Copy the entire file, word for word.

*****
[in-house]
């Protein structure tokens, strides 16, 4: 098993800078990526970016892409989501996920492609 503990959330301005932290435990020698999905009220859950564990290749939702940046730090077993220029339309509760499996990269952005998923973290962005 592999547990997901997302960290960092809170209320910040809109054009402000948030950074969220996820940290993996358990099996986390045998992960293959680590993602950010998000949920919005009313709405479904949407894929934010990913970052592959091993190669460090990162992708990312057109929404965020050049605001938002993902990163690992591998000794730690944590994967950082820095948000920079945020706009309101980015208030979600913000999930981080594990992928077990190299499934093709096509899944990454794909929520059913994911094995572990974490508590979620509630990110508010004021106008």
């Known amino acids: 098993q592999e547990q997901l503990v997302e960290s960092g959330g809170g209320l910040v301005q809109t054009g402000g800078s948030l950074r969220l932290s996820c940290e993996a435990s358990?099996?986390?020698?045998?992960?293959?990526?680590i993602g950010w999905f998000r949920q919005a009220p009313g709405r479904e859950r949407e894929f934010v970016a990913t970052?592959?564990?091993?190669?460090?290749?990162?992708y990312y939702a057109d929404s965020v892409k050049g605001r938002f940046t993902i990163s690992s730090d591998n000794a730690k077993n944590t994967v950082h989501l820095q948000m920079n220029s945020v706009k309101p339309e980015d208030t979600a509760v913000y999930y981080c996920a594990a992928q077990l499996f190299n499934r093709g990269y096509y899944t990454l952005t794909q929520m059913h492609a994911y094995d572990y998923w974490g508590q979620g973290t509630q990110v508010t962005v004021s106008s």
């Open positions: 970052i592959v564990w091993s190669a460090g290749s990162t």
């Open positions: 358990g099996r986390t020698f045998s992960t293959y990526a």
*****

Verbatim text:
[in-house]
């Protein structure tokens, strides 16, 4: 098993800078990526970016892409989501996920492609 503990959330301005932290435990020698999905009220859950564990290749939702940046730090077993220029339309509760499996990269952005998923973290962005 592999547990997901997302960290960092809170209320910040809109054009402000948030950074969220996820940290993996358990099996986390045998992960293959680590993602950010998000949920919005009313709405479904949407894929934010990913970052592959091993190669460090990162992708990312057109929404965020050049605001938002993902990163690992591998000794730690944590994967950082820095948000920079945020706009309101980015208030979600913000999930981080594990992928077990190299499934093709096509899944990454794909929520059913994911094995572990974490508590979620509630990110508010004021106008």
């Known amino acids: 098993q592999e547990q997901l503990v997302e960290s960092g959330g809170g209320l910040v301005q809109t054009g402000g800078s948030l950074r969220l932290s996820c940290e993996a435990s358990?099996?986390?020698?045998?992960?293959?990526?680590i993602g950010w999905f998000r949920q919005a009220p009313g709405r479904e859950r949407e894929f934010v970016a990913t970052?592959?564990?091993?190669?460090?290749?990162?992708y990312y939702a057109d929404s965020v892409k050049g605001r938002f940046t993902i990163s690992s730090d591998n000794a730690k077993n944590t994967v950082h989501l820095q948000m920079n220029s945020v706009k309101p339309e980015d208030t979600a509760v913000y999930y981080c996920a594990a992928q077990l499996f190299n499934r093709g990269y096509y899944t990454l952005t794909q929520m059913h492609a994911y094995d572990y998923w974490g508590q979620g973290t509630q990110v508010t962005v004021s106008s």
């Open positions: 970052i592959v564990w091993s190669a460090g290749s990162t």
């Open positions: 358990g099996r986390t020698f045998s992960t293959y990526a």